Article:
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SXSW Quick Hits

. Casey Rathunde

So far, I've been trying to write blog posts that "hang together," but part of the fun of SXSW is the way that you're constantly bombarded with amazing and interesting details and experiences. In the interest of sharing as many different angles on the event as possible about the event, I'm abandoning that format today in favor of sharing some shorter notes I've collected over the past few days.

  • You have probably never seen as many smartphones, tablets, and laptops in your life as I've seen at SXSW. You have definitely never seen people so incapable of putting them away (she says, as she blogs from her smartphone). It's a little bit disturbing, actually. Mobile platforms are definitely the "now," but I'm not really sure that they're also the "future." There has to be tech fatigue at some point.
  • Everything here is covered in QR codes. Everything. Most of them seem to rely on the hope that people will be inherently intrigued by the presence of a scannable code, and they'll check it out on the strength of that curiosity. When everything is covered in codes, that's a pretty bad assumption. I was highly intrigued by the idea of a QR coded cupcake, but not so much that I didn't stuff the entire thing in my mouth without scanning it. (A friend did try to scan the code, but apparently edible ink doesn't hold up well enough for it to register). The only code I've actually scanned was on a sticker that I liked the design of, and the only reason I scanned it was to verify that it didn't point to anything I found objectionable. QR codes are cool technology, but I'm not sure people have quite figured out what to do with them.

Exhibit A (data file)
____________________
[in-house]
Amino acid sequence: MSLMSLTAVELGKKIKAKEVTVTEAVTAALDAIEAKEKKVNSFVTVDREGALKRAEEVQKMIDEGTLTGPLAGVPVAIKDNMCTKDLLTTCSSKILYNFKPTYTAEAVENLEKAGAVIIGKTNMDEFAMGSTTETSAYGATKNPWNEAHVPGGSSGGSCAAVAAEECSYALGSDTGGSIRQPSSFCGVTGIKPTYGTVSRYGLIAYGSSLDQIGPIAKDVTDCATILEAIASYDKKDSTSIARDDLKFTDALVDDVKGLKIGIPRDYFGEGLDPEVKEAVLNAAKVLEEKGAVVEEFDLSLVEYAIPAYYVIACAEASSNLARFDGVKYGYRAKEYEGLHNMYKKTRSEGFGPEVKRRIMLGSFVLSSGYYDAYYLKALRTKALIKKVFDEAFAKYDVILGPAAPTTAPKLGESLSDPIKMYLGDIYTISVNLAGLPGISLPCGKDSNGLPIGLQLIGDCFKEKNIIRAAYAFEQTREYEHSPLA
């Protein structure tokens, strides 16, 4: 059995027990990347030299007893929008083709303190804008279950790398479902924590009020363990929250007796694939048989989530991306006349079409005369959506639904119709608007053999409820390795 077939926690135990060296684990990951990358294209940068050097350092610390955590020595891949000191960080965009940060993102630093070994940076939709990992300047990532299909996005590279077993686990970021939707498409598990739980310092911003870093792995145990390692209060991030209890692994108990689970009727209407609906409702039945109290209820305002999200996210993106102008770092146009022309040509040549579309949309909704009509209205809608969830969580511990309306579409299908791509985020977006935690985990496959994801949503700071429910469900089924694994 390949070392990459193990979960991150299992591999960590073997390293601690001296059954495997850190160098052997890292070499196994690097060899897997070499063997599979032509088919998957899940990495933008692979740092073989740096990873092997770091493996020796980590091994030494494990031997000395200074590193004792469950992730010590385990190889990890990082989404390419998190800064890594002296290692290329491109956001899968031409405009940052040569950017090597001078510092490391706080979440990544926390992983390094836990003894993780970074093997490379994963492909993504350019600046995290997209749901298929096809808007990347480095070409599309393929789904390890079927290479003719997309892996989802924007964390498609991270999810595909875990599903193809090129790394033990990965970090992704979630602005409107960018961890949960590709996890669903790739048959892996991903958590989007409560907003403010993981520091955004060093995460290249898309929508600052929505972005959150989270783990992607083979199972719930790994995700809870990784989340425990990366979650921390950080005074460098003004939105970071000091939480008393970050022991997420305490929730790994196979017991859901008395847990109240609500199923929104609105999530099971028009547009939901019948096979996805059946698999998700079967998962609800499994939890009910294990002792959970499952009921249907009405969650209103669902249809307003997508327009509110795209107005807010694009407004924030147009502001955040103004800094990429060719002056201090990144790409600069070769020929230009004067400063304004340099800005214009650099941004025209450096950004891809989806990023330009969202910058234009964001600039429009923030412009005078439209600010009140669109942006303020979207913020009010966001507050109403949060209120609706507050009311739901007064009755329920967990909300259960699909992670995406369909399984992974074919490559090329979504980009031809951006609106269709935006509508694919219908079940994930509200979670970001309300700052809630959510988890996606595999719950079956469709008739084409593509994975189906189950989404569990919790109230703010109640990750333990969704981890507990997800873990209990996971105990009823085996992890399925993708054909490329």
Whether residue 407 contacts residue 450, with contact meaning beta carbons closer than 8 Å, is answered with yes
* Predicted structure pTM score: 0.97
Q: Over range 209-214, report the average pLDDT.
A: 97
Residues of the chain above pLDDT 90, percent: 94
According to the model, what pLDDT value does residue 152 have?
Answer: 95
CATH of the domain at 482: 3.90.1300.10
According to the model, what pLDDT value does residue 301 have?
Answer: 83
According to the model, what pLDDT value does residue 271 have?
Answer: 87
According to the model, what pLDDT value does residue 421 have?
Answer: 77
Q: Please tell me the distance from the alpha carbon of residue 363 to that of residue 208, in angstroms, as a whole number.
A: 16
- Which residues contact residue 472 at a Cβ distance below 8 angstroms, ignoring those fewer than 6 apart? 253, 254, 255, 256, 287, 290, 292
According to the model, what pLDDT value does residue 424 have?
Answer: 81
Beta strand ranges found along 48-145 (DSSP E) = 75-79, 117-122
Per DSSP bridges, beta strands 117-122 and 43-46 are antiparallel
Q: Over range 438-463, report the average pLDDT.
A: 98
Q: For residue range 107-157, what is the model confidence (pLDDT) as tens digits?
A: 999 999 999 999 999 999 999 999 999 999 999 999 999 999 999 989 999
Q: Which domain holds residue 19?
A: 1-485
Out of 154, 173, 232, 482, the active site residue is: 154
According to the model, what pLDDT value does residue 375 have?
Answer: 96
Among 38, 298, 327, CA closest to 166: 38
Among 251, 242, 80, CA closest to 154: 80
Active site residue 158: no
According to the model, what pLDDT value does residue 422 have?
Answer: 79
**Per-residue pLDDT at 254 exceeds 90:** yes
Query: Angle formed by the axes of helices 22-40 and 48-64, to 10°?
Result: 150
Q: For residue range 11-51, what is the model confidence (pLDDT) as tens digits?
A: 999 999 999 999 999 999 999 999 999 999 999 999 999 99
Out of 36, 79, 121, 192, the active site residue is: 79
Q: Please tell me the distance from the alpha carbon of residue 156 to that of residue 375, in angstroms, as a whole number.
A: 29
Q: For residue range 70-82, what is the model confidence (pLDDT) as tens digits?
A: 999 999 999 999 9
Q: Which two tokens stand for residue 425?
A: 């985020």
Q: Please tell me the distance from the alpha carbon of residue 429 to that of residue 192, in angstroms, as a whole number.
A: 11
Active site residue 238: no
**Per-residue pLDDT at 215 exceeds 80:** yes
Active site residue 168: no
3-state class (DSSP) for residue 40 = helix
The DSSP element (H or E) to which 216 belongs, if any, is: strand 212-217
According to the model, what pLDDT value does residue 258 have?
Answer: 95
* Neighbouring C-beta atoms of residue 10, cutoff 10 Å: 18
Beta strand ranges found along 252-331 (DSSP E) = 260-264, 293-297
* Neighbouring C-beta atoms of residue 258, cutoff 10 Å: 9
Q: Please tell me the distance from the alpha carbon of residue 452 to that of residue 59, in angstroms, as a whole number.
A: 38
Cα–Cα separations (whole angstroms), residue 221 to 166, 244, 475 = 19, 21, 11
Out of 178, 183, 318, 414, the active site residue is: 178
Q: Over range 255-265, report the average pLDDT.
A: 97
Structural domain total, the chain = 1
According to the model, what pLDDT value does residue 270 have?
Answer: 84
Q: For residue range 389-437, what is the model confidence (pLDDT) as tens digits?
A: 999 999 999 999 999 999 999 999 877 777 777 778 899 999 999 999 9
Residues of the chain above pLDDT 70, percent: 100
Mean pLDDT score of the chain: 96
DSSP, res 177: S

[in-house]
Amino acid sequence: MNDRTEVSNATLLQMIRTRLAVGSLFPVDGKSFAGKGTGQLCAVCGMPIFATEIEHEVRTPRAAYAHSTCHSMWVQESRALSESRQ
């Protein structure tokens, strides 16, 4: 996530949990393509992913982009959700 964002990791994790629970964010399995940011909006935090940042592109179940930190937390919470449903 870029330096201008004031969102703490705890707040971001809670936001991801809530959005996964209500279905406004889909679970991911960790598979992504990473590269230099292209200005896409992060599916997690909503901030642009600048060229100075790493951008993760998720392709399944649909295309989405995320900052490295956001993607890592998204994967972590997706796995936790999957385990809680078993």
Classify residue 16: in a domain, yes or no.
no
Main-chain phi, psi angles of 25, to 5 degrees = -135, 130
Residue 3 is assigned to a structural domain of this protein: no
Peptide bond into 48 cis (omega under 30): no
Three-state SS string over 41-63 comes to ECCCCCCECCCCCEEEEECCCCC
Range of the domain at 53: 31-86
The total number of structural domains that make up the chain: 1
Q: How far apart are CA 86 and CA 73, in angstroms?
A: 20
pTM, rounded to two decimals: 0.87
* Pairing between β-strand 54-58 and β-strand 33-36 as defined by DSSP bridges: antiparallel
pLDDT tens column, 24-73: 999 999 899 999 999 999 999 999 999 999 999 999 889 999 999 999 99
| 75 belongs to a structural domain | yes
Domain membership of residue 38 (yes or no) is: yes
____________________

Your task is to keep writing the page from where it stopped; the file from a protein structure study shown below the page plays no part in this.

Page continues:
• I have never stood in so many lines in my life.
  • My favorite one-line gem of the week: "If you think you can multitask well, your work should be judged by somebody only doing one thing at a time."
  • At an event like this, it's worth seeing some of the "web personalities" speak, even if you don't immediately see the connection between their work and yours. After seeing Mathew Inman ("The Oatmeal") and Felicia Day speak, I've realized that these people are successful at what they do because they are passionate about their work. There is definitely something to be learned from their process, even if your projects are very different.
  • I am obsessed with the brilliance of the cheese-wedge-shaped restaurant in the convention center that only serves grilled cheese, large grilled cheese, and tomato soup. They're making great use of a concept that so many people are trying to advocate for in other spheres: do one thing really, really well. Grilled cheese as inspiration for a web development philosophy? Why not?
  • No, really - I have never, ever stood in so many lines. I am trying to learn patience along with all of the cool tech inspiration I'm getting, but it's not easy. I mention this fact because I'm trying to convince myself that no experience is wasted time; maybe if I commit the idea to "paper," the concept will sink in a little bit.
  • The most important thing I've learned about the emerging web technologies (HTML5 and CSS3, to name two of the biggest ones), is that it's not yet time to jump in with both feet. The specs haven't been finished yet, and they're still moving targets. Experimenting with the technology will be fun, but it's not time to start large projects that rely on the bleeding edge features.
Tomorrow was going to be more of a "wrap-up" post, but after catching the encore presentation of "Worst Website Ever," I'm definitely going to write about that tomorrow, once I've had a chance to let it marinate. As much as the panel was presented as humor, it also might have been the most inspiring and insightful panel I saw. (So there's your preview for tomorrow!)

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